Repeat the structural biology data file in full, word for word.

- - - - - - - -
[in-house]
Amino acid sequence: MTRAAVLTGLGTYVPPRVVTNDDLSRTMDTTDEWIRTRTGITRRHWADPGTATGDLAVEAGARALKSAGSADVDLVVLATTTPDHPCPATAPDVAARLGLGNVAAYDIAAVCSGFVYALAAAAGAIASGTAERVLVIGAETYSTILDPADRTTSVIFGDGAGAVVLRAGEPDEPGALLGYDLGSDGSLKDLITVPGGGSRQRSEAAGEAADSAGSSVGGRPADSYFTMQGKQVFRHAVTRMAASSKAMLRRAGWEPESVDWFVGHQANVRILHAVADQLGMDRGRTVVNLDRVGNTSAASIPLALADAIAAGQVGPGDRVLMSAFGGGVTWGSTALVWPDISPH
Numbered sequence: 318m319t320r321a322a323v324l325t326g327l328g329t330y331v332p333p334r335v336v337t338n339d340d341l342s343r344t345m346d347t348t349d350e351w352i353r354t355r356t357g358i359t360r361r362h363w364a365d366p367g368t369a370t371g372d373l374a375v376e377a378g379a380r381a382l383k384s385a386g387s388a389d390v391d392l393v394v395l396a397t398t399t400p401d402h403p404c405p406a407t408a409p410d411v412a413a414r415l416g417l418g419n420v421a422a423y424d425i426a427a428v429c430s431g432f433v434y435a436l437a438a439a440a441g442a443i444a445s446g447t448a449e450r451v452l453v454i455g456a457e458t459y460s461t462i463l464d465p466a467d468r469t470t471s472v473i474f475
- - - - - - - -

[in-house]
Amino acid sequence: MTRAAVLTGLGTYVPPRVVTNDDLSRTMDTTDEWIRTRTGITRRHWADPGTATGDLAVEAGARALKSAGSADVDLVVLATTTPDHPCPATAPDVAARLGLGNVAAYDIAAVCSGFVYALAAAAGAIASGTAERVLVIGAETYSTILDPADRTTSVIFGDGAGAVVLRAGEPDEPGALLGYDLGSDGSLKDLITVPGGGSRQRSEAAGEAADSAGSSVGGRPADSYFTMQGKQVFRHAVTRMAASSKAMLRRAGWEPESVDWFVGHQANVRILHAVADQLGMDRGRTVVNLDRVGNTSAASIPLALADAIAAGQVGPGDRVLMSAFGGGVTWGSTALVWPDISPH
Numbered sequence: 318m319t320r321a322a323v324l325t326g327l328g329t330y331v332p333p334r335v336v337t338n339d340d341l342s343r344t345m346d347t348t349d350e351w352i353r354t355r356t357g358i359t360r361r362h363w364a365d366p367g368t369a370t371g372d373l374a375v376e377a378g379a380r381a382l383k384s385a386g387s388a389d390v391d392l393v394v395l396a397t398t399t400p401d402h403p404c405p406a407t408a409p410d411v412a413a414r415l416g417l418g419n420v421a422a423y424d425i426a427a428v429c430s431g432f433v434y435a436l437a438a439a440a441g442a443i444a445s446g447t448a449e450r451v452l453v454i455g456a457e458t459y460s461t462i463l464d465p466a467d468r469t470t471s472v473i474f475